Perl 6 Hands-On Workshop: Weatherapp (Part 3)

2016-05-29 | 2243 words | Developing a weather reporting application. Part 3: writing tests

Be sure to read Part 1 and Part 2 of this workshop first.

There is black box testing, glass box testing, unit testing, integration testing, functional testing, system testing, end-to-end testing, sanity testing, regression testing, acceptance testing, load testing, stress testing, performance testing, usability testing, and many more types of testing.

I'll leave it for people with thicker glasses to explain all of the types. Today, we'll write tests that ensure our weather reporting module works as expected, and as a bonus, you get to pick your own label for what type of tests these are. Let's dive in!


TDD (Test-Driven Development) is where you write a bunch of tests before you write the actual code, ensure they fail—because code to satisfy them isn't there yet—and then you write code until the tests succeed. Now you can safely refactor your code or add new features without worrying you'll break something. Rinse and repeat.

Not only do you avoid having to convince yourself to bother writing tests after your code seems to work, you also get a feel for how comfortable your interface is to use before you even create it.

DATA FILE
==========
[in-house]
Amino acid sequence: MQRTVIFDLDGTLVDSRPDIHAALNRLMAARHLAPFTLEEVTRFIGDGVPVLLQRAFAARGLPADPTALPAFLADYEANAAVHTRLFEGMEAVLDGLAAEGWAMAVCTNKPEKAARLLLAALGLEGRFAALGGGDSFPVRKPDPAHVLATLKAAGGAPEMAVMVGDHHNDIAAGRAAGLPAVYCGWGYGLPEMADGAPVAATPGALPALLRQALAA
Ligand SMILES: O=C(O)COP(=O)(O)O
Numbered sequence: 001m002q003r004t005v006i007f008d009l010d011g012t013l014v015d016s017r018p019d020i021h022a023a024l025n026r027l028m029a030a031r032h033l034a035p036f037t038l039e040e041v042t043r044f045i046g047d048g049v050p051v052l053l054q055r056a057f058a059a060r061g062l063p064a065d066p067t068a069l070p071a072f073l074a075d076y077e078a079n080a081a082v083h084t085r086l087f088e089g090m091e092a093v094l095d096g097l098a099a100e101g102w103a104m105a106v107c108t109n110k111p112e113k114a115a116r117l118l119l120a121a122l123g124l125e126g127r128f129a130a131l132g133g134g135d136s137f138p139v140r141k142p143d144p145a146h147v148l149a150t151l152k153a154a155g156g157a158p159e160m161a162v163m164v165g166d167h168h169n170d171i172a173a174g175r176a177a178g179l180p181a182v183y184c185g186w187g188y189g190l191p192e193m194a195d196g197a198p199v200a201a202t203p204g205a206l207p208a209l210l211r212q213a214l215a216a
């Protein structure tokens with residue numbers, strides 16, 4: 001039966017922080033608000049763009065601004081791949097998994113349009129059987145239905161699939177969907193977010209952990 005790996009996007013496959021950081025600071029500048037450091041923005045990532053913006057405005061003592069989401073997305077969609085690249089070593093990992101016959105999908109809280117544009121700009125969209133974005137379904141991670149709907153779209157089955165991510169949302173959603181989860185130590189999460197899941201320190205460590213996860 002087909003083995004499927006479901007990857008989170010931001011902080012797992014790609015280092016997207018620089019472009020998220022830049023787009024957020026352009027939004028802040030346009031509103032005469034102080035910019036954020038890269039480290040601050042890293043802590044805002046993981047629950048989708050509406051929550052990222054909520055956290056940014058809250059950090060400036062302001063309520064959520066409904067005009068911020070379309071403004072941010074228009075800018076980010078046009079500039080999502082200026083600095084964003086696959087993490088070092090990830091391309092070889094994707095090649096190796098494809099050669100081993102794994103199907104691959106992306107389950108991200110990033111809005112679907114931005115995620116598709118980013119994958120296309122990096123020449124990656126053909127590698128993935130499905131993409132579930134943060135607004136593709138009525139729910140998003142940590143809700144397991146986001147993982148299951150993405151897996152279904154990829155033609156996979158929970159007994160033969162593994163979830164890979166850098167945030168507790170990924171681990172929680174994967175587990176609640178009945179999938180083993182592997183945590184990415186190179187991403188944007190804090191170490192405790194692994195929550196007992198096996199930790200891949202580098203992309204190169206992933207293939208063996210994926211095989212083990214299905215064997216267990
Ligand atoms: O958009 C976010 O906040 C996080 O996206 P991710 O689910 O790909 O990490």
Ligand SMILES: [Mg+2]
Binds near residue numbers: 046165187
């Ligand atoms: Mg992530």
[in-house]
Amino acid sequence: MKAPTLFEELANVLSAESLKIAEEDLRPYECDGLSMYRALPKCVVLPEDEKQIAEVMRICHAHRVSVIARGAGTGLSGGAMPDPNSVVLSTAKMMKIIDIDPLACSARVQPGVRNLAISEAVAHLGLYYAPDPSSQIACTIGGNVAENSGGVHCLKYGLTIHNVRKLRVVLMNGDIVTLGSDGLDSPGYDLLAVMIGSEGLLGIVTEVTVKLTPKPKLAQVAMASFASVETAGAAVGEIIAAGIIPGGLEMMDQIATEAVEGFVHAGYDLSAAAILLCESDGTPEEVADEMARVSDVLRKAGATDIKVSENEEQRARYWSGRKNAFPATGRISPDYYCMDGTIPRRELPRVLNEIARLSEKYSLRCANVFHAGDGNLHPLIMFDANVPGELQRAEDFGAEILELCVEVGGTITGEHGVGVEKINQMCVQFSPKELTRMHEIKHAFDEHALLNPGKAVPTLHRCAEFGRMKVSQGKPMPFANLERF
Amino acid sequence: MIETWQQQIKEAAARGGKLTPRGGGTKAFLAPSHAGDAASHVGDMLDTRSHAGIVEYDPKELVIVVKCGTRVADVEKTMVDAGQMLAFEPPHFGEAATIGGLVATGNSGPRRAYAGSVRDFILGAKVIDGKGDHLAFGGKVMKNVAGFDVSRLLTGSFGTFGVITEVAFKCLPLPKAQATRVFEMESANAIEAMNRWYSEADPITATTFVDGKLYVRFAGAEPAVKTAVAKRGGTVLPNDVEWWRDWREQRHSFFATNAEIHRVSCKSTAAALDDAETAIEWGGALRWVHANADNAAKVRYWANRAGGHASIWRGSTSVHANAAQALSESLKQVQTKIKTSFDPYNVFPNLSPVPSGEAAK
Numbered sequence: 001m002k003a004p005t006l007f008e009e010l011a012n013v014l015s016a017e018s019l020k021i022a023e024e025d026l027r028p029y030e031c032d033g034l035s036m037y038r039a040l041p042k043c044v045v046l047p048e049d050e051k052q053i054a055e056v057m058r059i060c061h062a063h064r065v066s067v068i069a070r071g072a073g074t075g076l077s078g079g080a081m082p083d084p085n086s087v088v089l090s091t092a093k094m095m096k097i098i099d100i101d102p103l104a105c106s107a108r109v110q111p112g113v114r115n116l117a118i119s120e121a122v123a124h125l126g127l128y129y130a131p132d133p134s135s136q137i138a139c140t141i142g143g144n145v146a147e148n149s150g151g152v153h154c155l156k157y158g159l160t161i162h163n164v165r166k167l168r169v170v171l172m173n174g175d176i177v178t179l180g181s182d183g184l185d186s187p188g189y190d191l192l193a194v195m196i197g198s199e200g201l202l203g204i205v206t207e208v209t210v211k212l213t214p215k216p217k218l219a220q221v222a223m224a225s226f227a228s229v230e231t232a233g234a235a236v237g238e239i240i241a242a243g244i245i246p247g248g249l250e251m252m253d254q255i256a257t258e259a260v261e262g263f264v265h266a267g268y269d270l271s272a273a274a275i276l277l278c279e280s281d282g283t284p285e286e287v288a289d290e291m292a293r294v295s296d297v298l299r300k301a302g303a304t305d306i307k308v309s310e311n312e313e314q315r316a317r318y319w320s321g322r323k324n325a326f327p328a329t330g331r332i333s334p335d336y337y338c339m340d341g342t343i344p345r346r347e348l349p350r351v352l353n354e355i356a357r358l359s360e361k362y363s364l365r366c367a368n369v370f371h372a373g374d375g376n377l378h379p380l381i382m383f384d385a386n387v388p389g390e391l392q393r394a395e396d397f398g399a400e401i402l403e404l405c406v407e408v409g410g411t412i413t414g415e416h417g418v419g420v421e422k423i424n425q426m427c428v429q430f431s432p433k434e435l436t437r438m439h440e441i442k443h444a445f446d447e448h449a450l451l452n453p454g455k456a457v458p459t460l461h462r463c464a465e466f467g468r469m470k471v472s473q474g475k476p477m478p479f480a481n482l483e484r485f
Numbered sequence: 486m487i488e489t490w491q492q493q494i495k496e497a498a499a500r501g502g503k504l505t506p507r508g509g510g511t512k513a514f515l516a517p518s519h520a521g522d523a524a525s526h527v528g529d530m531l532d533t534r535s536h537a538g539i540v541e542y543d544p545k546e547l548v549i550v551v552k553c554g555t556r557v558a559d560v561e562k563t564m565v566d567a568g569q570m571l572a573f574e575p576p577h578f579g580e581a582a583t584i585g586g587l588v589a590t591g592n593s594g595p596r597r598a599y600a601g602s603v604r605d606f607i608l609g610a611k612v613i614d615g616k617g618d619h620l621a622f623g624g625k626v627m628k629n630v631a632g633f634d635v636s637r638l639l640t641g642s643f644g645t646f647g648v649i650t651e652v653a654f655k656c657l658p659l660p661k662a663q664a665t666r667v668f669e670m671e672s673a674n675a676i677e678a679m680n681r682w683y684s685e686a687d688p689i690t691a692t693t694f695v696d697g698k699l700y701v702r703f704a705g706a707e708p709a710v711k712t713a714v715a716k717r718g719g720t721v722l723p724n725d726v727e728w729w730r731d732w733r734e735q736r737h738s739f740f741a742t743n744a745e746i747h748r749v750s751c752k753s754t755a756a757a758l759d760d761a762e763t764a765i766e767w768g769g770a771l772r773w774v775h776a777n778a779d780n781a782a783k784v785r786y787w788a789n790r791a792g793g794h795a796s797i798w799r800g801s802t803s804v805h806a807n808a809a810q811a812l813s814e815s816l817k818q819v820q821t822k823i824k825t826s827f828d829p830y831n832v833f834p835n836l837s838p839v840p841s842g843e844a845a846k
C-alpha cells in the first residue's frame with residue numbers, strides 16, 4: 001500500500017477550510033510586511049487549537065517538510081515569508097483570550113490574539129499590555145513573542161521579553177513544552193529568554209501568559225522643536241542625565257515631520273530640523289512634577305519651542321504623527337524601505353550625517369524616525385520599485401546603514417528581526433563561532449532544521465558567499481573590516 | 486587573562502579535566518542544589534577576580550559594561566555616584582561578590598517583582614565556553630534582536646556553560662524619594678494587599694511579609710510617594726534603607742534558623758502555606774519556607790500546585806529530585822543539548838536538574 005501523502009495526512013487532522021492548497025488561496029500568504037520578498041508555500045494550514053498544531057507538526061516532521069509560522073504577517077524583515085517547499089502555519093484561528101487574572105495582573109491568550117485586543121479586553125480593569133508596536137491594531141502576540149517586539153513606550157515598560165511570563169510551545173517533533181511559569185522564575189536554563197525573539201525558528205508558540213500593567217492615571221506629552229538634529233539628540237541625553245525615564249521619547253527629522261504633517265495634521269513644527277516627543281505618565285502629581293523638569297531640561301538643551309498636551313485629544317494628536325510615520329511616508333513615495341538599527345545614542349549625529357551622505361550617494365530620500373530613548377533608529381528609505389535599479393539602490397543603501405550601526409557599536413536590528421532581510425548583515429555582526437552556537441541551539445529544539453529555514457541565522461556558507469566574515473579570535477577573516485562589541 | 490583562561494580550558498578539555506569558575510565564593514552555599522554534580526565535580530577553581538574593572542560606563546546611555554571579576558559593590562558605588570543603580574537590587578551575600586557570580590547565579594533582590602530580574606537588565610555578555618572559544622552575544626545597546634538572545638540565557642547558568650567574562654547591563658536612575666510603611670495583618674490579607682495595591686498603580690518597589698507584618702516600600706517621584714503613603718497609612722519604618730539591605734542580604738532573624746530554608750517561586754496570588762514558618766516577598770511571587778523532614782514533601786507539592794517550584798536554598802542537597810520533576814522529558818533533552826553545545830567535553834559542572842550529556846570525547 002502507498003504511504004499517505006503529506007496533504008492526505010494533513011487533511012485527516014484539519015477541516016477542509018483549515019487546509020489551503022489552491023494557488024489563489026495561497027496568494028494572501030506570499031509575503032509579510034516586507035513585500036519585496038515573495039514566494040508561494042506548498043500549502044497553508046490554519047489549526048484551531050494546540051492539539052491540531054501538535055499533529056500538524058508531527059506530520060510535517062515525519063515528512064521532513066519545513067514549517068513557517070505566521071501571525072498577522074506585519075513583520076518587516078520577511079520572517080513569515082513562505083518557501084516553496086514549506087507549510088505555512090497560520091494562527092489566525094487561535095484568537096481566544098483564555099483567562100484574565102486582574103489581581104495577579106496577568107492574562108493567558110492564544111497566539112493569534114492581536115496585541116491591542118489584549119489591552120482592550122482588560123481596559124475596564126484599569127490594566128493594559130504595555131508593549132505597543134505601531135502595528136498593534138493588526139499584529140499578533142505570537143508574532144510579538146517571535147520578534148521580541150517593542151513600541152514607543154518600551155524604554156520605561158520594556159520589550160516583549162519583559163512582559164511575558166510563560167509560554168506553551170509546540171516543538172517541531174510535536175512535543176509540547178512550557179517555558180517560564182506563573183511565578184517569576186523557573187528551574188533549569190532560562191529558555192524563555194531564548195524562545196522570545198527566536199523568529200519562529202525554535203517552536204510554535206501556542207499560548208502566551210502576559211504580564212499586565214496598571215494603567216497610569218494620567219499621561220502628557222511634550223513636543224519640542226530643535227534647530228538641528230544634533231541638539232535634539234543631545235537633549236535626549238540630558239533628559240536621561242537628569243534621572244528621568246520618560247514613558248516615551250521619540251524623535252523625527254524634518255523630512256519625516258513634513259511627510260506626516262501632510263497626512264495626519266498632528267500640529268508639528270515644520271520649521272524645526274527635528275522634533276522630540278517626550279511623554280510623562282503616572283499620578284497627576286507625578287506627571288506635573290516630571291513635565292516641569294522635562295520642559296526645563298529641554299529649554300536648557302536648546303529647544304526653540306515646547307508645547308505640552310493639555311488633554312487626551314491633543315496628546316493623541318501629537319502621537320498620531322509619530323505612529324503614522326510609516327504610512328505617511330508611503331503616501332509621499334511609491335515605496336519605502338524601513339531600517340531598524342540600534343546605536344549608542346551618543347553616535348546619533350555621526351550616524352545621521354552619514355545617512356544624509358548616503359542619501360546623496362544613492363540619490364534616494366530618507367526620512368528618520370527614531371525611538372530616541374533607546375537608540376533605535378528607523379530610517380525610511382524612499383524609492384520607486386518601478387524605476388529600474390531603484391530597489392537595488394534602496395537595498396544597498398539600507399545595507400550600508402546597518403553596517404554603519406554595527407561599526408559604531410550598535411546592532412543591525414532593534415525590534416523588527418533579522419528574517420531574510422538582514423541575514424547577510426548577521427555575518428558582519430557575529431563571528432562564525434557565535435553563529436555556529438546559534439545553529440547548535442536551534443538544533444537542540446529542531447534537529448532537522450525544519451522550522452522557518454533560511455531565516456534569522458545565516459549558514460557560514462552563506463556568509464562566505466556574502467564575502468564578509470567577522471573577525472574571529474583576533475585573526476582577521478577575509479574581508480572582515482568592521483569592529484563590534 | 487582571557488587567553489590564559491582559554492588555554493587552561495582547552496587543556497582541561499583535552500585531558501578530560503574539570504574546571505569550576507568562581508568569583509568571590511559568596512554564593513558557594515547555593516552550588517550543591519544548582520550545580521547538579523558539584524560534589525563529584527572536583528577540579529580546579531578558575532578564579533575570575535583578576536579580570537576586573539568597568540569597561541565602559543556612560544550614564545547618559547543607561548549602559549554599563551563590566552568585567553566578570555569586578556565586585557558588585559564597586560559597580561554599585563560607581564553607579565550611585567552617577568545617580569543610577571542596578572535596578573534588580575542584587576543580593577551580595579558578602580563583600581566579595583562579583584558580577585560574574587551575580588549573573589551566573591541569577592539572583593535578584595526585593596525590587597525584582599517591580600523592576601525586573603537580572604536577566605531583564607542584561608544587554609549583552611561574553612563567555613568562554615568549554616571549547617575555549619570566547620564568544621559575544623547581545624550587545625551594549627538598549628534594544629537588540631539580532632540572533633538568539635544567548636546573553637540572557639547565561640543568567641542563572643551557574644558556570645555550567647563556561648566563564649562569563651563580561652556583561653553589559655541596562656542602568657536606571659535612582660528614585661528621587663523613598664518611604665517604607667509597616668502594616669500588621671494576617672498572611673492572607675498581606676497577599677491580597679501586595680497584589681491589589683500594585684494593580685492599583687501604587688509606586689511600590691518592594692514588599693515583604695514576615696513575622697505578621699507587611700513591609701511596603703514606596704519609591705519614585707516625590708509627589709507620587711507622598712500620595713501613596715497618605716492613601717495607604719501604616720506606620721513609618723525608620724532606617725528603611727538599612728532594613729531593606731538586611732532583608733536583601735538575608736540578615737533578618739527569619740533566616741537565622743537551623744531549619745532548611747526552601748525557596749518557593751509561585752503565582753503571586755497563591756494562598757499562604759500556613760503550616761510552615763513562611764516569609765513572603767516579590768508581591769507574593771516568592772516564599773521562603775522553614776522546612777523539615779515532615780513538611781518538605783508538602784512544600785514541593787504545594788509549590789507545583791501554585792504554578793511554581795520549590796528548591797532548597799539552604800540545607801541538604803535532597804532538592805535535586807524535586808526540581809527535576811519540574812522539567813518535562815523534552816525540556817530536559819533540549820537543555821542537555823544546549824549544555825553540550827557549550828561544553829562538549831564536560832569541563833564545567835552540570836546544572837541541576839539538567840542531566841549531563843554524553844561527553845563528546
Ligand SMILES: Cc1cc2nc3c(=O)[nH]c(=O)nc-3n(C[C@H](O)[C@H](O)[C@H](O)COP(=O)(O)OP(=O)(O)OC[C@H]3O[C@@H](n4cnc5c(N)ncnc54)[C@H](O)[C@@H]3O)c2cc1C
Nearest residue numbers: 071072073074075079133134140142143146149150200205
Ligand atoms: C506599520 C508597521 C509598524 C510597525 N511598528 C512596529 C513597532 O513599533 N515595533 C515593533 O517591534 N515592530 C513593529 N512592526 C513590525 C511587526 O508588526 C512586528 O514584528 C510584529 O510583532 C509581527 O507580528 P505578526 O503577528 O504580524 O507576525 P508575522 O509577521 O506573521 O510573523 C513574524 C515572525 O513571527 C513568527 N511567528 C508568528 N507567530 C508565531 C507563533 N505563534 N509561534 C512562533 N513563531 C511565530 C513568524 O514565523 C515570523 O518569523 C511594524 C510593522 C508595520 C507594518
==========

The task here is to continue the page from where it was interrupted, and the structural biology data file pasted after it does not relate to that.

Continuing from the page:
Testing Modules

Perl 6 comes with a number of standard modules included, one of which is a module called Test that we'll use. The Ecosystem also has dozens of other test related modules and we'll use two called Test::When and Test::META

Test provides all the generic testing routines we'll use, Test::When will let us watch for when the user actually agreed to run specific types of tests, and Test::META will keep an eye on the sanity of our distribution's META file (more on that later).

To install Test::When and Test::META, run zef install Test::When Test::META or panda install Test::When Test::META, depending on which module manager you're using.

Testing Files

Our testing files are named with the extension .t and go into t/ directory. They will be automatically discovered and run by module managers during installation of our module.

You are free to organize your tests under subdirectories; they will still be automatically found. It's also common to prefix the names of tests with a sequential number, e.g. 00-init.t, 01-methods.t, etc. It's more of an organizational practice and in no way should your tests in one file depend on whether tests in another file ran first.


use Test;

use My::Module;
is get-stuff(), 'the right stuff', 'The stuff we received is correct';


# or

use Test;

plan 1;

use My::Module;